Book Review: Empire Of The Wheel [Part 1] – An Investigation Of Occult Espionage & Murder By Walter Bosley & Richard B. Spence

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BreakawayConsciousness
Zy Marquiez
January 7, 2016

In Empire Of The Wheel – An Occult Investigation Of Occult Espionage And Murder Walter Bosley & Richard Spence take us on a fascinating, and yet disturbing examination of the occult happenings of 20th Century Southern California.

From the get go the authors begin to paint the picture of what the environment was like, and what was taking place when each of the unfortunate victims were slain.

A very detailed and extensive inspection is done of the facts, as well as various theories that might shed light into what possibly took place during those murky times. The word might is used because it’s up to the reader to decide whether or not these murders [that’s what my gut says] were ‘random’, or if they had a more deeper meaning – an esoteric one perhaps.

The authors caution against expecting answers outright, as definitive answers are one of the things that are hard to pinpoint with such an abstruse case that has facts missing and is about a century old.

The book is part “Unsolved Mysteries” and part “X-Files” [of the esoteric type]. Sprinkle in the author’s unique perspectives and they elucidate a picture – a rather astounding one at that – that is being painted of such astonishing magnitude that it would shock the average mind.

As mentioned in the book, this mystery is nigh forgotten [if not outright unknown] by most. It is quite sad, because the events that took place 100 years ago seem to have a devious connection to the latest San Bernardino event that took place in 2015, yes, 100 years ago to the date that it all took place. Coincidence?

This investigation of this [esoteric] criminal casts its web across many different characters, and is absolutely so chock-full of coincidences synchronicities that its mind boggling. Seriously. That’s not an overstatement. There are so many by the end of the book that to argue against some sort of coordination would stretch the incisive mind.

From ritual sacrifice, to , and even British & German spies coupled with an examination of the sinking of the Lusitania that might dovetail with the book’s main premise, this book has as much range as it has scope. And still, it has more.

The authors even anchor part of their analysis with an assessment of the Zodiac Killer and his machinations. Keeping in mind that the Zodiac Killer was never caught, it was disturbingly eerie how poignant the correlations were between what took place in 1915, and what took place 1968.

All in all, this book paints a much murkier picture of this segment of history than people would ever imagine. Still, it’s a much needed point of view that is needed in order to not only understand what did take place a long time ago, but for what has taken place again since then and is taking place still now.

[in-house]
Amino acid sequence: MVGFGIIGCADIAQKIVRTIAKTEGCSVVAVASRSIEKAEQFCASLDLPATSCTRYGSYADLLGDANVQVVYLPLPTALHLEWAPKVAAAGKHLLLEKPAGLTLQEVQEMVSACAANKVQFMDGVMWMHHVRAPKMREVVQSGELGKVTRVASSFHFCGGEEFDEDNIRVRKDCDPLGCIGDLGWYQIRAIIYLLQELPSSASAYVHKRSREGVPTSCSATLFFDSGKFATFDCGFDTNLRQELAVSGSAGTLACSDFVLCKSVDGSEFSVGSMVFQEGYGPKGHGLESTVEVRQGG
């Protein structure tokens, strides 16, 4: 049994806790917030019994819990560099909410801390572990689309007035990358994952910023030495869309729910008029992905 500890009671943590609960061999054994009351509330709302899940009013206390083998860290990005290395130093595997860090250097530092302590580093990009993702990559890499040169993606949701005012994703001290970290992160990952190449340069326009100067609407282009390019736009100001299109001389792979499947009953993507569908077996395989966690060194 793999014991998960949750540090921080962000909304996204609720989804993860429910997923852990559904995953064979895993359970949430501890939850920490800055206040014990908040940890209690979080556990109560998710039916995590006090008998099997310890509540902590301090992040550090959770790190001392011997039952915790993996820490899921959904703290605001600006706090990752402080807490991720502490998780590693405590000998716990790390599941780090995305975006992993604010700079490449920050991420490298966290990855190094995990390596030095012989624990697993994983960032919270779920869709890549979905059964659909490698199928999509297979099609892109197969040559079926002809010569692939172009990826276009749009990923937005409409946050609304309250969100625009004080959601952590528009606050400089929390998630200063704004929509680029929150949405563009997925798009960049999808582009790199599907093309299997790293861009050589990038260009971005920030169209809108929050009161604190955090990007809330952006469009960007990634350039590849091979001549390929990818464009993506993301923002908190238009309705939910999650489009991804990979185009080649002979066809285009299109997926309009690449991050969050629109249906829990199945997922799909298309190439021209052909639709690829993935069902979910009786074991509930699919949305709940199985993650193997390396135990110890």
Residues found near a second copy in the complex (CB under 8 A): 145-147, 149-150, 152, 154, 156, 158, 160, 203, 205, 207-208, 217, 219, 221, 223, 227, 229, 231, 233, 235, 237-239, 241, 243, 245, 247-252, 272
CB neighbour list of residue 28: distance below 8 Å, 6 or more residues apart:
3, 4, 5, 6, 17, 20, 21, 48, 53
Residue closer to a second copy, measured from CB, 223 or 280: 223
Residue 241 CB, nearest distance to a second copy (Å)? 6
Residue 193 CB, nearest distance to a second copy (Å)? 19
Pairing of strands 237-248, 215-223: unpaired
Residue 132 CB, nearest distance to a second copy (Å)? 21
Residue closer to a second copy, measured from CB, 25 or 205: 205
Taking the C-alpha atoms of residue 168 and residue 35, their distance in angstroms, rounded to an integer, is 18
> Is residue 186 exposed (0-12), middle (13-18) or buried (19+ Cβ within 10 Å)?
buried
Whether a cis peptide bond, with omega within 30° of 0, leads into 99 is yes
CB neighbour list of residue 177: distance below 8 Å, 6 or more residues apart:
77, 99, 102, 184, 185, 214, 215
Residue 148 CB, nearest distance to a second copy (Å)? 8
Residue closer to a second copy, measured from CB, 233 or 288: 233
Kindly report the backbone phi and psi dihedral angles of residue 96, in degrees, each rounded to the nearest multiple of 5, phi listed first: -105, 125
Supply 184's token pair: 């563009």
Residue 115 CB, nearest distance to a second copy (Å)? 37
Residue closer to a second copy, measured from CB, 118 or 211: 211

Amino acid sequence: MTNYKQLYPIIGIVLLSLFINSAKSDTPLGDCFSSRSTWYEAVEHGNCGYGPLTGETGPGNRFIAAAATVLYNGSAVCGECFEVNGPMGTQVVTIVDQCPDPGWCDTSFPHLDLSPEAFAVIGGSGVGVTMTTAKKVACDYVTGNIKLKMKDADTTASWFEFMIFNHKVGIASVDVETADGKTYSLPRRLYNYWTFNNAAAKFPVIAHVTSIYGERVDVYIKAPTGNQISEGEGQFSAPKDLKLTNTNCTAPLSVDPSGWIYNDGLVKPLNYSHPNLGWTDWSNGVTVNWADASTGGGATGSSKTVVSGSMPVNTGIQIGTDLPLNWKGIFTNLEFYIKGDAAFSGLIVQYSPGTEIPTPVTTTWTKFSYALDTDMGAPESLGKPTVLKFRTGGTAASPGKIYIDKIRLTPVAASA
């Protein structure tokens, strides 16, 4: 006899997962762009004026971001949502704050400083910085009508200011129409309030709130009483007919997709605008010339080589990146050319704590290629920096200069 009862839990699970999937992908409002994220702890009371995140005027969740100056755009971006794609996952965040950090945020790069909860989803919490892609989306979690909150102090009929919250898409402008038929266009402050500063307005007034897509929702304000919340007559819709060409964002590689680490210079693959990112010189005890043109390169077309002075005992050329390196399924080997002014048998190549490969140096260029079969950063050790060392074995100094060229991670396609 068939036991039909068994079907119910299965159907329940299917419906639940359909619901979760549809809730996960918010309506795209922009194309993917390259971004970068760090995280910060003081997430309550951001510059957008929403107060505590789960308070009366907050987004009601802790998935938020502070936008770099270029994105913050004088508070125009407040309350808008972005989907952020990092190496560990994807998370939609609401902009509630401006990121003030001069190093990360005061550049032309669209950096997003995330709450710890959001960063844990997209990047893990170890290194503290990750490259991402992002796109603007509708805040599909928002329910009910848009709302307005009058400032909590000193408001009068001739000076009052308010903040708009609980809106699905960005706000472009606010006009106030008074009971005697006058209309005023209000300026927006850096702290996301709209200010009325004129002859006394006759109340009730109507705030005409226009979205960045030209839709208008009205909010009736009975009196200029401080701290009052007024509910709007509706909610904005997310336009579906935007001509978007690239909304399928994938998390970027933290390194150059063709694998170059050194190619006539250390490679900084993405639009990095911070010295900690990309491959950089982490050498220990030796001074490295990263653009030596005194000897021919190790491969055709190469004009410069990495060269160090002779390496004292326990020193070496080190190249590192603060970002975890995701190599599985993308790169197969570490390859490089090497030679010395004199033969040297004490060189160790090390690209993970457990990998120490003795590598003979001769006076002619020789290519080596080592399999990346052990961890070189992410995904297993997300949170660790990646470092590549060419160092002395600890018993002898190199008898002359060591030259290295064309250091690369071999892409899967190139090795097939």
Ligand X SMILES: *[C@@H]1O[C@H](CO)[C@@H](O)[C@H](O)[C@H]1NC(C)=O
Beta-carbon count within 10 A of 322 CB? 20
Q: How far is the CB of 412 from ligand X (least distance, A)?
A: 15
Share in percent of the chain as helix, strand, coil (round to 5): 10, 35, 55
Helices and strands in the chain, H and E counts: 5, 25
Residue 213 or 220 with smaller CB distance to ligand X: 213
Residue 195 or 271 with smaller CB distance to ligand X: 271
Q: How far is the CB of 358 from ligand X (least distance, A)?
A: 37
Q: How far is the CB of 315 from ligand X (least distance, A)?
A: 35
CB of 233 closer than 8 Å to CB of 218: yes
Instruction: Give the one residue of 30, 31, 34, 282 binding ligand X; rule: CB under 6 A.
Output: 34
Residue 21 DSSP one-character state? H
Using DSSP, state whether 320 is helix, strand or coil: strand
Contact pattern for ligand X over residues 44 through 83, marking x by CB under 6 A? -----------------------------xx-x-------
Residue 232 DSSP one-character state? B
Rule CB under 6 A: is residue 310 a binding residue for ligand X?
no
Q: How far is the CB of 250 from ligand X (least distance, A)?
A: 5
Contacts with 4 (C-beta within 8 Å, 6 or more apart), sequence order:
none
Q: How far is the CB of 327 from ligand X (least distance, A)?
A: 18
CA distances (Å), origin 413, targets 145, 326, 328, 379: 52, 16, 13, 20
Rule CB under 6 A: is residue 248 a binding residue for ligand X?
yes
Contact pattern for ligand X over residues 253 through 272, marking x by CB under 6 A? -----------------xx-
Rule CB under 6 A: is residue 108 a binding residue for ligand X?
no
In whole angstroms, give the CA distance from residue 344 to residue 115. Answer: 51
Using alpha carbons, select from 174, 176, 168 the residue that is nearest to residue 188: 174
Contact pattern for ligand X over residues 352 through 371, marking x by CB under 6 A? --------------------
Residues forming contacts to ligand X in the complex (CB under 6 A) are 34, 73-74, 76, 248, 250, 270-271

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Book Review: – Secret Missions, The Hidden Legacy Of Old California

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BreakawayConsciousness
Zy Marquiez
December 22, 2015

Secret Missions, The Hidden Legacy of Old California is a non-stop examination of an operation that culminates in California.

However, the book has to do with a larger geographical adventure than merely one state. In that way the title does the book a disservice.

From the title alone, one would never in a million years guess how engaging, how informative and how mind-bendingly fascinating this sojourn into hidden history is.

This fine-toothed-comb examination of data has a breadth of various regions in different continents, all connected via what some would call the World Grid, and a scope of rather profound of elements [literally] that only serve to buttress Bosley’s theory.

The examination of the Telluric currents is but one piece in a larger stratosphere, and Walter Bosley does a trenchant job of examining all the components that lead the reader through an adventure for a stunning – and yet well known – artifact that’s traveled through various secretive hands throughout time. Hands that have long sought any advanced knowledge/technology that civilizations from high antiquity might have ‘left behind’ so to speak.

Bosley weaves his thesis masterfully, as he begins by deconstructing the official narrative of Christopher Columbus and the New World, and how that itself couples with a multitude of other ideas/cultures the like of which most wouldn’t ever even consider to sift through.

In Bosley’s quest, some connections are more direct than others, but they all serve to form a bastion under his thesis. Bosley does a rather acute job of showing how many abstruse locales/events/people connect with one another and how those ultimately lead not only to a powerful and yet ‘mystical’ treasure in away, but how this artifact was protected via the actions of a select few throughout time.

Would say much more than that, but that would be doing a great disservice to Bosley’s work. If you’re interested in alternative history, how parts of our history have been obfuscated from us, how some of those events dovetail with hidden treasures, and how a covert select few – a hidden order – have moved and maintained a certain treasure, then this is the book for you.